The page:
Multiple Enthusiasms

Infinite jest. Excellent fancy. Flashes of merriment.

Remember, Remember the Fifth of November

334 electoral votes (at last count) later, this is no longer what you might call a victory. It’s now pretty much a blow out. What Obama did last night is called “winning decisively” or, alternately, “handing John McCain his ass.” McCain was gracious about it, accepting the failure as his own during his concession speech, and Obama, for his part, remained dignified and concentrated not on himself but on us. Which is why, I think, he was so galvanic.

I think few of his supporters believe he won last night.

I think we believe we won. He just happens to be our candidate, because he has risen up to become our voice. In him we see ourselves at our very best, and the hope to lead our country to its very best.

In him, I believe, we see the living embodiment of a dream:

That all men are created equal, and that we may live in a society in which we are judged by the content of our character and not the color of our skin. I’ve noticed that pretty much every media source in the country notes the historicity of his race, that he is the very first African American elected president, but I wonder if that does a disservice to what he has truly accomplished. Because he proved so decisively that what truly counts is the person, the candidate, and not the race or the creed or the gender. What matters is action and speech, thought and gesture, and I don’t believe Obama won despite that he is Black; I believe he won solely because, for once, people set color and race aside to focus on what truly matters.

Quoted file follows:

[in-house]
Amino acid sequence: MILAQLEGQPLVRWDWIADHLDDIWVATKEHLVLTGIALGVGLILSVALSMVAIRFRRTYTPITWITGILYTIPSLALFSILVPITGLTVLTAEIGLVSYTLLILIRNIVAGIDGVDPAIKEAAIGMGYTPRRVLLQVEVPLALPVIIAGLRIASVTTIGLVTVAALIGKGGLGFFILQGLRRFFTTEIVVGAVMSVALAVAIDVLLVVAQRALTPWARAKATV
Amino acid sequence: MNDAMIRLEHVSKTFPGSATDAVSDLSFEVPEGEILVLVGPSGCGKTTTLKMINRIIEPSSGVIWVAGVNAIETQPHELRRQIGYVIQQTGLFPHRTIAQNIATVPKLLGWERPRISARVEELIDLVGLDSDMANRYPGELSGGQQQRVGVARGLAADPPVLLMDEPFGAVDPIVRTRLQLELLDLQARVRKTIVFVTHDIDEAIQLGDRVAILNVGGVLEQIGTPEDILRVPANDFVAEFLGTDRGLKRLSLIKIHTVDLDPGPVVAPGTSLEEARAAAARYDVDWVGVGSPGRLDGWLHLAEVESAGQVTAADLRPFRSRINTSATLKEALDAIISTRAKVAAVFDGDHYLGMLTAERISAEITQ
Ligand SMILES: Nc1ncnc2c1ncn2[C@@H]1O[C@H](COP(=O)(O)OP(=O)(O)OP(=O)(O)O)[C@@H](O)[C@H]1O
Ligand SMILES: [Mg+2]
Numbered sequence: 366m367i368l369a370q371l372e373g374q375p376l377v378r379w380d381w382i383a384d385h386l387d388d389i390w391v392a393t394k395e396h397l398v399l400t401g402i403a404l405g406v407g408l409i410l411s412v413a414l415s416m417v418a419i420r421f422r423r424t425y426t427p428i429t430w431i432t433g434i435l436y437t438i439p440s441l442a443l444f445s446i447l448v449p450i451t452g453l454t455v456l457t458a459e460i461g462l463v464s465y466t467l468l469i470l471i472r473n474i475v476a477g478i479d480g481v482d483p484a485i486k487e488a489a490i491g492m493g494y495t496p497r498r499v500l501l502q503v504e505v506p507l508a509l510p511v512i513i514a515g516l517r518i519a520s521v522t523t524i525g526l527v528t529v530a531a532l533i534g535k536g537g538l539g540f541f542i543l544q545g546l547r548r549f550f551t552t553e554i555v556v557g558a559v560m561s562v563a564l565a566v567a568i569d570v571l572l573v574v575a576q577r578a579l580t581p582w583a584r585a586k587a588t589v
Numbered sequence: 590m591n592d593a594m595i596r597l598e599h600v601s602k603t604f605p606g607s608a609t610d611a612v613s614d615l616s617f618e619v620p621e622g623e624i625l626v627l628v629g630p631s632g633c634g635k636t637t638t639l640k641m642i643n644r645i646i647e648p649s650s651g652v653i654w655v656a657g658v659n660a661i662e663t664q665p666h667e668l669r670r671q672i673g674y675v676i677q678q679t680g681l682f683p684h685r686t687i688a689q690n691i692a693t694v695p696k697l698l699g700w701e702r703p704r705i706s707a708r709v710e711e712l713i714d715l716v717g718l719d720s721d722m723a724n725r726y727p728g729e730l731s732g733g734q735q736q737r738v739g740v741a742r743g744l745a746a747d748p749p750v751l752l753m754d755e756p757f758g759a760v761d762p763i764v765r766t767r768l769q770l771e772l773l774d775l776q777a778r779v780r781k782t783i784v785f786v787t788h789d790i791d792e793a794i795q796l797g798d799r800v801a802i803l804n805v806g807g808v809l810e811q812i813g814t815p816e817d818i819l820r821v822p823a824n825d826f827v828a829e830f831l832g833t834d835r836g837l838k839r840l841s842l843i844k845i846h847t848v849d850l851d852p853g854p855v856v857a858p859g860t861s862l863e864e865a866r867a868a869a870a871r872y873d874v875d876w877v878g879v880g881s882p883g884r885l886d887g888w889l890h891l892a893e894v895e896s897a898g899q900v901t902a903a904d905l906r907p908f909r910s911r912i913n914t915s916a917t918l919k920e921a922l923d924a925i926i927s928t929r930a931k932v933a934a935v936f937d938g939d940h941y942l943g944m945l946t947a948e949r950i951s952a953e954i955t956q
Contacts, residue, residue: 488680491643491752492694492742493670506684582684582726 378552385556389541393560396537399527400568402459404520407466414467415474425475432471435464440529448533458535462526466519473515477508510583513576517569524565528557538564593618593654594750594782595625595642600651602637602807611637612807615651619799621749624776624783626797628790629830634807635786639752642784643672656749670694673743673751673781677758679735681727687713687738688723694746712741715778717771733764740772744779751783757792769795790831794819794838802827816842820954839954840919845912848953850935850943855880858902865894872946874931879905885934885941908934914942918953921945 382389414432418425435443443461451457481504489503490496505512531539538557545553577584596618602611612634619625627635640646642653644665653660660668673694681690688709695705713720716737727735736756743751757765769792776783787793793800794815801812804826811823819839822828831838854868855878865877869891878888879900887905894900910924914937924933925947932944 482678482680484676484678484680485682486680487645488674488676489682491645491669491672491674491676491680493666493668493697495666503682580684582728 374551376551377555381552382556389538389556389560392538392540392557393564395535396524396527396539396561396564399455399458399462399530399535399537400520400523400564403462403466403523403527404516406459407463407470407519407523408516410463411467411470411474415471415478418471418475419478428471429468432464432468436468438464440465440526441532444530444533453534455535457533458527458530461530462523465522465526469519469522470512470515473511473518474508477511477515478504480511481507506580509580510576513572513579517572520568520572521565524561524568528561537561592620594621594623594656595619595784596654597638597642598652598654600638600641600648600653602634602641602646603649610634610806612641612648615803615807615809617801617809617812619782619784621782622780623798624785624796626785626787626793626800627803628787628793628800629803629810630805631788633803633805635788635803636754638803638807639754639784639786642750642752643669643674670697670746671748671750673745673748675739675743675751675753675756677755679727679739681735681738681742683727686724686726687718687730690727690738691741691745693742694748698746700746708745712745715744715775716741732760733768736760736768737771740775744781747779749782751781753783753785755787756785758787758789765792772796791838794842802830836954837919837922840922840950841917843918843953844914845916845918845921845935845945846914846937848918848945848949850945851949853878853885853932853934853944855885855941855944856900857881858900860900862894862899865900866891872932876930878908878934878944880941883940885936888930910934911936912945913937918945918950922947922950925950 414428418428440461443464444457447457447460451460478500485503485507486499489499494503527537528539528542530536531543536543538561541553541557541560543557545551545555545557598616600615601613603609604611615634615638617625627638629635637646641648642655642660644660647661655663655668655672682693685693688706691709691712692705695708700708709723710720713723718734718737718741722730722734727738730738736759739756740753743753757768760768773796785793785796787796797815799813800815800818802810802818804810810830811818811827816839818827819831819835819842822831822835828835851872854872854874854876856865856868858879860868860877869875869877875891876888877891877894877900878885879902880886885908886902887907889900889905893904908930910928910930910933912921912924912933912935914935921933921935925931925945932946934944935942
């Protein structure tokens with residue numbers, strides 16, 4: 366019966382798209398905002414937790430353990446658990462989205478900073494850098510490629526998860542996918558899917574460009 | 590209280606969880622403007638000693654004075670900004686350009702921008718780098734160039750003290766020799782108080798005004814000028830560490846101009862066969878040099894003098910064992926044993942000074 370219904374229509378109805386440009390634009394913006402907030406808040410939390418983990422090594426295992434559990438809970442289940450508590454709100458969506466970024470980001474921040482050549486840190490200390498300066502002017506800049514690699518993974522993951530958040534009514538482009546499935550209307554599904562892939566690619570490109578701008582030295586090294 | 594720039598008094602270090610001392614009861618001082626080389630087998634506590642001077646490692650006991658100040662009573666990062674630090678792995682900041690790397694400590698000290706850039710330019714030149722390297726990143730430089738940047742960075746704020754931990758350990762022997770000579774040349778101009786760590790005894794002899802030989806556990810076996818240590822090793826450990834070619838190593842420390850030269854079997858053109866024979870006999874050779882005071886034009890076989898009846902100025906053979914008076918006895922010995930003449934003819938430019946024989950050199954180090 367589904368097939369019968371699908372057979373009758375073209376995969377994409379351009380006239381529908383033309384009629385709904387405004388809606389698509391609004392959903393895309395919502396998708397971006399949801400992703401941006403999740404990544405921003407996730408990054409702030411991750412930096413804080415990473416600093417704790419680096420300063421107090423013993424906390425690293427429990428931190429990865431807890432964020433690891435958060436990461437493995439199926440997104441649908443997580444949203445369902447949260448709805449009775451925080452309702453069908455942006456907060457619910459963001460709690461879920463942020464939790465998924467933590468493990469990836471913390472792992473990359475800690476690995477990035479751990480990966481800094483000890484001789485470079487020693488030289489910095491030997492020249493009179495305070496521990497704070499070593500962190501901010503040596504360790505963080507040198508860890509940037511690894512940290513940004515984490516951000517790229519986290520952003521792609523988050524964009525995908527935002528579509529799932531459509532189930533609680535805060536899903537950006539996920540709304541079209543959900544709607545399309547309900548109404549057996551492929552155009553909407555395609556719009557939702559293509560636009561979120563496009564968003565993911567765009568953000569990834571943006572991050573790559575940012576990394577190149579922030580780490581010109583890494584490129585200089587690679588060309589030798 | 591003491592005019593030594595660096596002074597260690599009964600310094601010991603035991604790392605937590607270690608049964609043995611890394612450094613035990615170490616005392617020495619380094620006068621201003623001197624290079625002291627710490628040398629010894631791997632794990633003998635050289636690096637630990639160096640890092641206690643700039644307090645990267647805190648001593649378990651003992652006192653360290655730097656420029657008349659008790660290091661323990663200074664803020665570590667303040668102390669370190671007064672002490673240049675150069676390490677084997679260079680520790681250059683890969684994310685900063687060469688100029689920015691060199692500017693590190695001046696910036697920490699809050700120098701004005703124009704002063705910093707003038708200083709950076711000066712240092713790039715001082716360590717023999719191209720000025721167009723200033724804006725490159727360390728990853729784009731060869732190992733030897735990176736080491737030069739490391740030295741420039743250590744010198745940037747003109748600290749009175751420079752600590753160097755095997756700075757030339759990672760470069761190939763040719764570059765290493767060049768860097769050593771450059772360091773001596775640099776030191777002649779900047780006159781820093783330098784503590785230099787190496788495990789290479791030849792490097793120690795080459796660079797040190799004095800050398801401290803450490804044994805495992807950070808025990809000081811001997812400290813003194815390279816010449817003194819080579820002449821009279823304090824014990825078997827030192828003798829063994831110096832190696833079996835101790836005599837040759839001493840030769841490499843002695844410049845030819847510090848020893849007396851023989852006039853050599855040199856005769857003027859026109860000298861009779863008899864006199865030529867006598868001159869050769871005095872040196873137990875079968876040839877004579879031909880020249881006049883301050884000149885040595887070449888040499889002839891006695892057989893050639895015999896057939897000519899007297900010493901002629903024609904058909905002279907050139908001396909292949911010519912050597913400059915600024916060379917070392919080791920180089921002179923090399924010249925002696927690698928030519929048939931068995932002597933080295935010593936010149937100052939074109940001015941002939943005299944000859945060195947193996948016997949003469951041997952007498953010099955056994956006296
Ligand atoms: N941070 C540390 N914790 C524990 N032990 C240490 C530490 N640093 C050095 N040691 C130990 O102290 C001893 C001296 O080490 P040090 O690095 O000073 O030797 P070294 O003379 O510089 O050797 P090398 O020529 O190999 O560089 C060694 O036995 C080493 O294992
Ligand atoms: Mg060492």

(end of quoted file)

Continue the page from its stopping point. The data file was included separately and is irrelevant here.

And I think that’s beautiful.


403 years ago today (by my count, but remember of course how terrible I am at math), on 5 November, 1605, Guy Fawkes’ plot to blow up Parliament was foiled.

In following years, Fawkes came to regarded more as a hero than as a terrorist. “Guy Fawkes was the only man ever to enter parliament with honest intentions” became a common saying, and in 2002, the BBC ranked him 30th among the 100 Greatest Britons of all time.

Later, Alan Moore used the Fawkes mask in V for Vendetta, which is an awesome movie:

Watching it always makes me tear up. Particularly this scene:

It fills me with a sense of joy and elation, a feeling of possiblity and hope.

The same feeling that filled me last night, first when I saw Barack Obama pull ahead in the polls, and then again when I saw ABC News projecting him as the winner. I didn’t want to believe it; I’ve witnessed two presidential debates that were hijacked within a few hours, or which called for greater deliberation that meant they couldn’t be decided for days or weeks.

But then I saw the rumor that McCain had called Obama to concede, which I found on the Associated Press site.

And then I watched the concession speech.

And that was when it finally started to sink in:

This might really be happening. This could be real.